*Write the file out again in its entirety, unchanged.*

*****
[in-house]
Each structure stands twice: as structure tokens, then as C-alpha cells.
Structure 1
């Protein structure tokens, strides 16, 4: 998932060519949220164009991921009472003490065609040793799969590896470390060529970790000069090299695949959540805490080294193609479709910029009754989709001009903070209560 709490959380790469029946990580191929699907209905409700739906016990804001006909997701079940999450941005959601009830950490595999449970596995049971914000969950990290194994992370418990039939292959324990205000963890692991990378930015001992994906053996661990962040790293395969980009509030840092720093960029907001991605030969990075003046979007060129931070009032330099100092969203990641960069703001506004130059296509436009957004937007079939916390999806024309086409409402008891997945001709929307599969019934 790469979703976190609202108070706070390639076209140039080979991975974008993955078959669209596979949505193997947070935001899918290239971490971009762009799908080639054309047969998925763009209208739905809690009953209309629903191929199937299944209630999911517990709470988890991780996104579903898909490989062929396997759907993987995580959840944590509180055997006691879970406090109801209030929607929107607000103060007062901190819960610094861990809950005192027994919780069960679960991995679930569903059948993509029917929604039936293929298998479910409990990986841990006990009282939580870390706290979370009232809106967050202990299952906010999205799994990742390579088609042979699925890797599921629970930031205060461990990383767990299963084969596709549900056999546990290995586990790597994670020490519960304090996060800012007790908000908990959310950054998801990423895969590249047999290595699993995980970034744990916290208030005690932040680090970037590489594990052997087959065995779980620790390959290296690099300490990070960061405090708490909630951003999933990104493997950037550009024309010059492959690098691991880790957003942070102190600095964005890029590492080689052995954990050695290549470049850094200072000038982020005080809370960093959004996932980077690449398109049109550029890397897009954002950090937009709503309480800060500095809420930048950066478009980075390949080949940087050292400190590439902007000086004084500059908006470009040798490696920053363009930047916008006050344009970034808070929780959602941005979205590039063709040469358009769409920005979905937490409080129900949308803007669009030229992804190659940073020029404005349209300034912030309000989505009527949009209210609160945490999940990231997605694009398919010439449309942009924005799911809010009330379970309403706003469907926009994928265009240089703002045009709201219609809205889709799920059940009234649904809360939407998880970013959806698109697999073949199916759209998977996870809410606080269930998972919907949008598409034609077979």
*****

[in-house]
Each structure stands twice: as structure tokens, then as C-alpha cells.
Structure 1
């Protein structure tokens, strides 16, 4: 998932060519949220164009991921009472003490065609040793799969590896470390060529970790000069090299695949959540805490080294193609479709910029009754989709001009903070209560 709490959380790469029946990580191929699907209905409700739906016990804001006909997701079940999450941005959601009830950490595999449970596995049971914000969950990290194994992370418990039939292959324990205000963890692991990378930015001992994906053996661990962040790293395969980009509030840092720093960029907001991605030969990075003046979007060129931070009032330099100092969203990641960069703001506004130059296509436009957004937007079939916390999806024309086409409402008891997945001709929307599969019934 790469979703976190609202108070706070390639076209140039080979991975974008993955078959669209596979949505193997947070935001899918290239971490971009762009799908080639054309047969998925763009209208739905809690009953209309629903191929199937299944209630999911517990709470988890991780996104579903898909490989062929396997759907993987995580959840944590509180055997006691879970406090109801209030929607929107607000103060007062901190819960610094861990809950005192027994919780069960679960991995679930569903059948993509029917929604039936293929298998479910409990990986841990006990009282939580870390706290979370009232809106967050202990299952906010999205799994990742390579088609042979699925890797599921629970930031205060461990990383767990299963084969596709549900056999546990290995586990790597994670020490519960304090996060800012007790908000908990959310950054998801990423895969590249047999290595699993995980970034744990916290208030005690932040680090970037590489594990052997087959065995779980620790390959290296690099300490990070960061405090708490909630951003999933990104493997950037550009024309010059492959690098691991880790957003942070102190600095964005890029590492080689052995954990050695290549470049850094200072000038982020005080809370960093959004996932980077690449398109049109550029890397897009954002950090937009709503309480800060500095809420930048950066478009980075390949080949940087050292400190590439902007000086004084500059908006470009040798490696920053363009930047916008006050344009970034808070929780959602941005979205590039063709040469358009769409920005979905937490409080129900949308803007669009030229992804190659940073020029404005349209300034912030309000989505009527949009209210609160945490999940990231997605694009398919010439449309942009924005799911809010009330379970309403706003469907926009994928265009240089703002045009709201219609809205889709799920059940009234649904809360939407998880970013959806698109697999073949199916759209998977996870809410606080269930998972919907949008598409034609077979």